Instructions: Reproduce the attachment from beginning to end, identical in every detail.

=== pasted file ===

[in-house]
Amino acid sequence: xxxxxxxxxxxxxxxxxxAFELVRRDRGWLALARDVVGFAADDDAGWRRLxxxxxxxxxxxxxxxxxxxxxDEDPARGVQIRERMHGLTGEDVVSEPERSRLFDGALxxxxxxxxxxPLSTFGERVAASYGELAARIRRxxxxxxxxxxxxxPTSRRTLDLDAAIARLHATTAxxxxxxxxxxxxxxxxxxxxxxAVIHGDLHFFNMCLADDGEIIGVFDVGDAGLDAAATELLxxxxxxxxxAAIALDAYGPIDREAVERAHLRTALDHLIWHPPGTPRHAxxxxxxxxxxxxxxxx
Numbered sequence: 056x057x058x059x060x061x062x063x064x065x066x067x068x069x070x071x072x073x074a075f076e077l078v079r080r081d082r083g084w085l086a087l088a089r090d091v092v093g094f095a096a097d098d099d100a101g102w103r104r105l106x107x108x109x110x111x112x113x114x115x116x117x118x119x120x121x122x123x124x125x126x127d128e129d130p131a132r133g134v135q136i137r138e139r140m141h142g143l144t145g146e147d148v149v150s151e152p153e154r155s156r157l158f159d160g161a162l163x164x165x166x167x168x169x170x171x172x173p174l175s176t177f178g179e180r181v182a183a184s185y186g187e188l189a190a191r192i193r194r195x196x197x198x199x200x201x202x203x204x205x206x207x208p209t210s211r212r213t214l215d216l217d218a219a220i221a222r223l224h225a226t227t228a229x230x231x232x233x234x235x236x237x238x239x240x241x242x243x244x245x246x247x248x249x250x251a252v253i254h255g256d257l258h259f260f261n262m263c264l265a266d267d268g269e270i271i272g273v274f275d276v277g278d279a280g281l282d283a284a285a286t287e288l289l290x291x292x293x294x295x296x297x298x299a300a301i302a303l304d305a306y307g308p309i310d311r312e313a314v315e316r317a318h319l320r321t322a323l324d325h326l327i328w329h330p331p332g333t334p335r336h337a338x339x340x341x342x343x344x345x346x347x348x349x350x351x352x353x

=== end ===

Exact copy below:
[in-house]
Amino acid sequence: xxxxxxxxxxxxxxxxxxAFELVRRDRGWLALARDVVGFAADDDAGWRRLxxxxxxxxxxxxxxxxxxxxxDEDPARGVQIRERMHGLTGEDVVSEPERSRLFDGALxxxxxxxxxxPLSTFGERVAASYGELAARIRRxxxxxxxxxxxxxPTSRRTLDLDAAIARLHATTAxxxxxxxxxxxxxxxxxxxxxxAVIHGDLHFFNMCLADDGEIIGVFDVGDAGLDAAATELLxxxxxxxxxAAIALDAYGPIDREAVERAHLRTALDHLIWHPPGTPRHAxxxxxxxxxxxxxxxx
Numbered sequence: 056x057x058x059x060x061x062x063x064x065x066x067x068x069x070x071x072x073x074a075f076e077l078v079r080r081d082r083g084w085l086a087l088a089r090d091v092v093g094f095a096a097d098d099d100a101g102w103r104r105l106x107x108x109x110x111x112x113x114x115x116x117x118x119x120x121x122x123x124x125x126x127d128e129d130p131a132r133g134v135q136i137r138e139r140m141h142g143l144t145g146e147d148v149v150s151e152p153e154r155s156r157l158f159d160g161a162l163x164x165x166x167x168x169x170x171x172x173p174l175s176t177f178g179e180r181v182a183a184s185y186g187e188l189a190a191r192i193r194r195x196x197x198x199x200x201x202x203x204x205x206x207x208p209t210s211r212r213t214l215d216l217d218a219a220i221a222r223l224h225a226t227t228a229x230x231x232x233x234x235x236x237x238x239x240x241x242x243x244x245x246x247x248x249x250x251a252v253i254h255g256d257l258h259f260f261n262m263c264l265a266d267d268g269e270i271i272g273v274f275d276v277g278d279a280g281l282d283a284a285a286t287e288l289l290x291x292x293x294x295x296x297x298x299a300a301i302a303l304d305a306y307g308p309i310d311r312e313a314v315e316r317a318h319l320r321t322a323l324d325h326l327i328w329h330p331p332g333t334p335r336h337a338x339x340x341x342x343x344x345x346x347x348x349x350x351x352x353x